Actionnable Levers

LEVER 1 : Assess the nourishing capacity of a territory

The first step in improving food self-sufficiency at the level of a local government is to know the local production capacity, as well as the consumption needs of the inhabitants. A pre-diagnosis can be made using a simple comparison between the cultivated areas on the land of the community and the needs of the corresponding population. A more in-depth study of the crops to be developed can then be carried out, taking into account the geographical specificities of the bioregion.

The PARCEL tool, developed by Terre de Liens, FNAB and BASIC, makes it possible to estimate the areas necessary to meet the food needs of the population of a territory. Very comprehensive, it measures the effects of certain parameters, such as diet, on the agricultural footprint. It also provides information on the expected consequences of greater food autonomy on employment and the environment.

LEVER 2 : Promote the diversification of agricultural production in the bioregion Field crop producers can advantageously extend their rotations by integrating vegetables and legumes, and thus diversify their production. Tools and infrastructure adapted to these crops (sowing, harvesting, sorting, storage, processing, etc.) and sized for the expected volumes must also be accessible.

To support this diversification, communities can propose or identify outlets, qualify them, quantify them, or even initiate avenues for contracting, partnership and linking supply and demand. The construction of local marketing channels must also be supported (see path to resilience n ° 9).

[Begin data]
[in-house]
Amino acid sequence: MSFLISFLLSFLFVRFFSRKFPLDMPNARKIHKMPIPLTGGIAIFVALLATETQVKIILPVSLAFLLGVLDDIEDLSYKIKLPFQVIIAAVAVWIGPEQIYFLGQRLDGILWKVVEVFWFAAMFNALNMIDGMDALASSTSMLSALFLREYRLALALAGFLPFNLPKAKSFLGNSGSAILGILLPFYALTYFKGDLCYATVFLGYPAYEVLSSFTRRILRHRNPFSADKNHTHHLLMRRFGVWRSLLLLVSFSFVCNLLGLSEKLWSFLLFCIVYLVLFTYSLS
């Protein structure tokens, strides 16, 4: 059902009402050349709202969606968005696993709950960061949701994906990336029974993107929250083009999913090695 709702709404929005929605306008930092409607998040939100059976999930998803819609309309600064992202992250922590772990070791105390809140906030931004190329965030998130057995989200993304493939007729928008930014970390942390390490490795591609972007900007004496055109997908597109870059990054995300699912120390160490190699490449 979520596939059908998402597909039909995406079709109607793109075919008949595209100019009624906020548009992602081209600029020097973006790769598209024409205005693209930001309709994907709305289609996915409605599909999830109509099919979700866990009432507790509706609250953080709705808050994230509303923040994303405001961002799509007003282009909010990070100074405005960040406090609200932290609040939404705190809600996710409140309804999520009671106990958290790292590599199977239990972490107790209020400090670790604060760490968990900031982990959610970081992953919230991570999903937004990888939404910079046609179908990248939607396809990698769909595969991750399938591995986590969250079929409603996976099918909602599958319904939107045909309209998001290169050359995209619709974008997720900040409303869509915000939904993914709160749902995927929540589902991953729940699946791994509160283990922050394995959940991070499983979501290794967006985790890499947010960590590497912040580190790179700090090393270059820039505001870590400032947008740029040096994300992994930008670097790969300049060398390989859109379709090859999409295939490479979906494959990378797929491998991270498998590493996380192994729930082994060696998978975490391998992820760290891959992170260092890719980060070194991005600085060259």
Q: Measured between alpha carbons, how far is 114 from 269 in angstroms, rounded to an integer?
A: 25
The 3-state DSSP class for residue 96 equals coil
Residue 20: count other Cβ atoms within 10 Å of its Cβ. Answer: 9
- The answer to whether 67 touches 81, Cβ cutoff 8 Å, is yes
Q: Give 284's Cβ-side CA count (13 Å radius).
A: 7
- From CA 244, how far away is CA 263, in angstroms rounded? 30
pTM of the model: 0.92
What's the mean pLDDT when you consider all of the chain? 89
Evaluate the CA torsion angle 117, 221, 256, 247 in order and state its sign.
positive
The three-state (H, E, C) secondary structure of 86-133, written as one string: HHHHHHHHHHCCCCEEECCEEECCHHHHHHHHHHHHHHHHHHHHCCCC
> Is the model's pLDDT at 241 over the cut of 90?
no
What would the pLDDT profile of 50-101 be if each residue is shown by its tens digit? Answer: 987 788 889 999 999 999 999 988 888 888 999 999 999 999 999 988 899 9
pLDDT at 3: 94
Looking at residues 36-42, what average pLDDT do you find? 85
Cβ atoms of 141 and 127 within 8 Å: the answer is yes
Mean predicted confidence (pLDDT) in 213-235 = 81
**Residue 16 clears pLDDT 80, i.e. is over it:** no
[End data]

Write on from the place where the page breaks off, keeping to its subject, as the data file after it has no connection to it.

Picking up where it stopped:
Cœur d´Essonne Agglomeration is supporting the Sesame project, which aims in particular to achieve production corresponding to around 10% of overall consumption and 50% of collective catering for the 210,000 inhabitants of the territory. This project is the winner of the Innovation Territories call for projects coordinated by the Caisse des Dépôts et Consignations. Crédits : © Cœur d’Essonne Agglomération

LEVER 3 : Use public procurement in collective catering to support certain productions

The public order for collective catering can introduce criteria to make its calls for tenders accessible to local producers (see path to resilience n ° 10). By thus guaranteeing them outlets, the communities support the development of farmers' production routes: rotations, priority crops, varieties, sizes, etc.

LEVER 4 : Develop urban and peri-urban agriculture